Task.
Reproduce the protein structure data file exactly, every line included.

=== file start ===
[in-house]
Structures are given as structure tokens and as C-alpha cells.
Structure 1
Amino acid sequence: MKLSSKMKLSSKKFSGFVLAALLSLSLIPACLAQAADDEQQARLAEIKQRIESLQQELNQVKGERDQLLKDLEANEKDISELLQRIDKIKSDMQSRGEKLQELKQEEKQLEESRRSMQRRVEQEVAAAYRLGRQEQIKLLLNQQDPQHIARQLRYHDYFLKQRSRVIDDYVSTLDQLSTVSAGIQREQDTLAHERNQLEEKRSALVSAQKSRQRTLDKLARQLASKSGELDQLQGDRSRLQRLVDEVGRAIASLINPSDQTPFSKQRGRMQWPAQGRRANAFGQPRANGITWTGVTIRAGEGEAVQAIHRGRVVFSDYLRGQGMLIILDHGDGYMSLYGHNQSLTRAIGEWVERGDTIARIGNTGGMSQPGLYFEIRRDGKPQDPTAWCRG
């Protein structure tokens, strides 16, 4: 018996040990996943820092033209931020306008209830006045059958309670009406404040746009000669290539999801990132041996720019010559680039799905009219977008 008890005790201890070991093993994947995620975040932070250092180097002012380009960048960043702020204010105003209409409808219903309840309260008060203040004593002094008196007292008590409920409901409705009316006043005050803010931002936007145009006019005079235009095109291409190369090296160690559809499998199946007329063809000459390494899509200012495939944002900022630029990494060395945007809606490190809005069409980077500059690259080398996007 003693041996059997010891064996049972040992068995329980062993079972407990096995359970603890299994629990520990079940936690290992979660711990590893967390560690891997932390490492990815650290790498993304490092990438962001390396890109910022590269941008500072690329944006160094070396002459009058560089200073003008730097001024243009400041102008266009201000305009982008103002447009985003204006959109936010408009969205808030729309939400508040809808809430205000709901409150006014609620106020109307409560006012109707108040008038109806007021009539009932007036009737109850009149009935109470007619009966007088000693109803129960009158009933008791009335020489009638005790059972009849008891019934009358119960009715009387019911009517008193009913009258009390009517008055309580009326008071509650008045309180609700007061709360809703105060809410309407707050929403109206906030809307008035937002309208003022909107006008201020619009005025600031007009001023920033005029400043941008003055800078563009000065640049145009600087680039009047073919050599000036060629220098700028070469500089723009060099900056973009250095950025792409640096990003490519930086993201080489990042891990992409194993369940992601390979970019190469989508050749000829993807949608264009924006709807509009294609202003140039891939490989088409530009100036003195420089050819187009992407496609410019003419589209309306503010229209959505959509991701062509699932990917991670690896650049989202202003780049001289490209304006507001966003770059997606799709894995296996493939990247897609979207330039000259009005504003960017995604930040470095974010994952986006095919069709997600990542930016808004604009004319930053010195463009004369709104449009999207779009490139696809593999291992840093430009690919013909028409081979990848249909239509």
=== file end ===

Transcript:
[in-house]
Structures are given as structure tokens and as C-alpha cells.
Structure 1
Amino acid sequence: MKLSSKMKLSSKKFSGFVLAALLSLSLIPACLAQAADDEQQARLAEIKQRIESLQQELNQVKGERDQLLKDLEANEKDISELLQRIDKIKSDMQSRGEKLQELKQEEKQLEESRRSMQRRVEQEVAAAYRLGRQEQIKLLLNQQDPQHIARQLRYHDYFLKQRSRVIDDYVSTLDQLSTVSAGIQREQDTLAHERNQLEEKRSALVSAQKSRQRTLDKLARQLASKSGELDQLQGDRSRLQRLVDEVGRAIASLINPSDQTPFSKQRGRMQWPAQGRRANAFGQPRANGITWTGVTIRAGEGEAVQAIHRGRVVFSDYLRGQGMLIILDHGDGYMSLYGHNQSLTRAIGEWVERGDTIARIGNTGGMSQPGLYFEIRRDGKPQDPTAWCRG
């Protein structure tokens, strides 16, 4: 018996040990996943820092033209931020306008209830006045059958309670009406404040746009000669290539999801990132041996720019010559680039799905009219977008 008890005790201890070991093993994947995620975040932070250092180097002012380009960048960043702020204010105003209409409808219903309840309260008060203040004593002094008196007292008590409920409901409705009316006043005050803010931002936007145009006019005079235009095109291409190369090296160690559809499998199946007329063809000459390494899509200012495939944002900022630029990494060395945007809606490190809005069409980077500059690259080398996007 003693041996059997010891064996049972040992068995329980062993079972407990096995359970603890299994629990520990079940936690290992979660711990590893967390560690891997932390490492990815650290790498993304490092990438962001390396890109910022590269941008500072690329944006160094070396002459009058560089200073003008730097001024243009400041102008266009201000305009982008103002447009985003204006959109936010408009969205808030729309939400508040809808809430205000709901409150006014609620106020109307409560006012109707108040008038109806007021009539009932007036009737109850009149009935109470007619009966007088000693109803129960009158009933008791009335020489009638005790059972009849008891019934009358119960009715009387019911009517008193009913009258009390009517008055309580009326008071509650008045309180609700007061709360809703105060809410309407707050929403109206906030809307008035937002309208003022909107006008201020619009005025600031007009001023920033005029400043941008003055800078563009000065640049145009600087680039009047073919050599000036060629220098700028070469500089723009060099900056973009250095950025792409640096990003490519930086993201080489990042891990992409194993369940992601390979970019190469989508050749000829993807949608264009924006709807509009294609202003140039891939490989088409530009100036003195420089050819187009992407496609410019003419589209309306503010229209959505959509991701062509699932990917991670690896650049989202202003780049001289490209304006507001966003770059997606799709894995296996493939990247897609979207330039000259009005504003960017995604930040470095974010994952986006095919069709997600990542930016808004604009004319930053010195463009004369709104449009999207779009490139696809593999291992840093430009690919013909028409081979990848249909239509």